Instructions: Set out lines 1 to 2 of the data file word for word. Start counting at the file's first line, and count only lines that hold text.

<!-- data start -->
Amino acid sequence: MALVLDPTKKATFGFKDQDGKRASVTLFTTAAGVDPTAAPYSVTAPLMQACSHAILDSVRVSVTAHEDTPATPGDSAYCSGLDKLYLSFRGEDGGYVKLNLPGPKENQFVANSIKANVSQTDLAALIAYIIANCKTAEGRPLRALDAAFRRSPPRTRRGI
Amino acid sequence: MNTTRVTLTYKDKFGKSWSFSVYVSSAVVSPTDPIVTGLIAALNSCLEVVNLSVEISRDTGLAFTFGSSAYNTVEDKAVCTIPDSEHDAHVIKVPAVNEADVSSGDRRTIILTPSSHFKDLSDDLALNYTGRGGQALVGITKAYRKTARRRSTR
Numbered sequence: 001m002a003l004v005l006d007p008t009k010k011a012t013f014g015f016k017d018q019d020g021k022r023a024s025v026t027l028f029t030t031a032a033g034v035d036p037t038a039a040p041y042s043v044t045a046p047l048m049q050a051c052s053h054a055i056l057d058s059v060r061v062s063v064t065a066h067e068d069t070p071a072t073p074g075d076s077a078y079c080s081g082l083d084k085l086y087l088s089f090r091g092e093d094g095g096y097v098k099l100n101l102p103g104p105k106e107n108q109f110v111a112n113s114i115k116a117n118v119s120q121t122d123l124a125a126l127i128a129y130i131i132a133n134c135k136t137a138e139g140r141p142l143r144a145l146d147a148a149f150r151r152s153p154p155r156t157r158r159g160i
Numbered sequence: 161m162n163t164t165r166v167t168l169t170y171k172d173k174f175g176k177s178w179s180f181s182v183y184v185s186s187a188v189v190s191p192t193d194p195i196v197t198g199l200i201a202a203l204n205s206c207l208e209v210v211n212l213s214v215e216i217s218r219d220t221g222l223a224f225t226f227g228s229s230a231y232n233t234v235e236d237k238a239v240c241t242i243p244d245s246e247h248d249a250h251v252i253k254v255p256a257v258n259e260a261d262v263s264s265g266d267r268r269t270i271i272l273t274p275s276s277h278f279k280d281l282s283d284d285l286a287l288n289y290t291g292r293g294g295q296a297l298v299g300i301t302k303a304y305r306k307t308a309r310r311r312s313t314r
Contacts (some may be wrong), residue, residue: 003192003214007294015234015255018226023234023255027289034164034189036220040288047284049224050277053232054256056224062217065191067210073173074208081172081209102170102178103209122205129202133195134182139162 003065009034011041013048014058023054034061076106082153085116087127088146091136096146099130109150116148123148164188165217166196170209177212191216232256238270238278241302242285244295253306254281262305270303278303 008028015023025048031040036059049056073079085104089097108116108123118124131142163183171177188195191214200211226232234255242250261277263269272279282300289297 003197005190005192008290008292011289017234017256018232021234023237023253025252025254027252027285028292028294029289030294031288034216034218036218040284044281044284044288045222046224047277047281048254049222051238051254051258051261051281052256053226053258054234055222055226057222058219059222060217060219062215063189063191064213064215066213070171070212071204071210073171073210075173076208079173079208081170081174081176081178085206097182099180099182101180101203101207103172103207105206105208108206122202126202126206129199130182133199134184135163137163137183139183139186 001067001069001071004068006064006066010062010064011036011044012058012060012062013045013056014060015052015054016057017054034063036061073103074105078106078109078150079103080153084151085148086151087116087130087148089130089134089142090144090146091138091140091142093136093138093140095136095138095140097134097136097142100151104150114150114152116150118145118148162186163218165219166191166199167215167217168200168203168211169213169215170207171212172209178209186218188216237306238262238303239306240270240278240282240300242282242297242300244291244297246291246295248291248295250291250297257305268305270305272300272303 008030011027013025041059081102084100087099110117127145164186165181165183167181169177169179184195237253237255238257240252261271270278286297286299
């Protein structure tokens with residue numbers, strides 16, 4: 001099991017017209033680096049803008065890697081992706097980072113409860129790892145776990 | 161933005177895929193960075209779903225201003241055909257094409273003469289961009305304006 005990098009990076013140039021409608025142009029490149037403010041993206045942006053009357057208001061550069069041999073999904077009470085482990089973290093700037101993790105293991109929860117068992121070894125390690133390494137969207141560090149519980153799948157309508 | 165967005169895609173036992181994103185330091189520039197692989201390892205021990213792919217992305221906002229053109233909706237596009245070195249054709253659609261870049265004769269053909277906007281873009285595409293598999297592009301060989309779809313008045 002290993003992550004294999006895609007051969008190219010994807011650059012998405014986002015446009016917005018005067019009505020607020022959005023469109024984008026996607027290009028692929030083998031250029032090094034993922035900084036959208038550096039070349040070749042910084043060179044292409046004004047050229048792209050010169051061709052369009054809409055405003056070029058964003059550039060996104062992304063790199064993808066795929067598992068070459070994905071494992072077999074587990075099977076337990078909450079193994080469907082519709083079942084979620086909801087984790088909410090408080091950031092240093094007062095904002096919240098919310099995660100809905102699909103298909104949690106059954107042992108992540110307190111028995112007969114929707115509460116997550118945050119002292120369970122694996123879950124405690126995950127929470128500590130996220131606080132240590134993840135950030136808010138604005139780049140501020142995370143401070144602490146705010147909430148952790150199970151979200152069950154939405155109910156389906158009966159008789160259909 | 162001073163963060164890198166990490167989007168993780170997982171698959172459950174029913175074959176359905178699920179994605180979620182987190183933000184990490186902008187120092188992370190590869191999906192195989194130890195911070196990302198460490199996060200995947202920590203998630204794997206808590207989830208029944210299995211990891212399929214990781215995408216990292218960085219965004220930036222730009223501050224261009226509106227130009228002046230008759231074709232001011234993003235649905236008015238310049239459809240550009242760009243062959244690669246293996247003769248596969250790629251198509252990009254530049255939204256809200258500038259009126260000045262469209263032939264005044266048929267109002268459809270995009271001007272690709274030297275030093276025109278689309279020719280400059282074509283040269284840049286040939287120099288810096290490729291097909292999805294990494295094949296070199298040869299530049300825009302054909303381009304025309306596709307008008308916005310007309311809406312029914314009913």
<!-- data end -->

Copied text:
Amino acid sequence: MALVLDPTKKATFGFKDQDGKRASVTLFTTAAGVDPTAAPYSVTAPLMQACSHAILDSVRVSVTAHEDTPATPGDSAYCSGLDKLYLSFRGEDGGYVKLNLPGPKENQFVANSIKANVSQTDLAALIAYIIANCKTAEGRPLRALDAAFRRSPPRTRRGI
Amino acid sequence: MNTTRVTLTYKDKFGKSWSFSVYVSSAVVSPTDPIVTGLIAALNSCLEVVNLSVEISRDTGLAFTFGSSAYNTVEDKAVCTIPDSEHDAHVIKVPAVNEADVSSGDRRTIILTPSSHFKDLSDDLALNYTGRGGQALVGITKAYRKTARRRSTR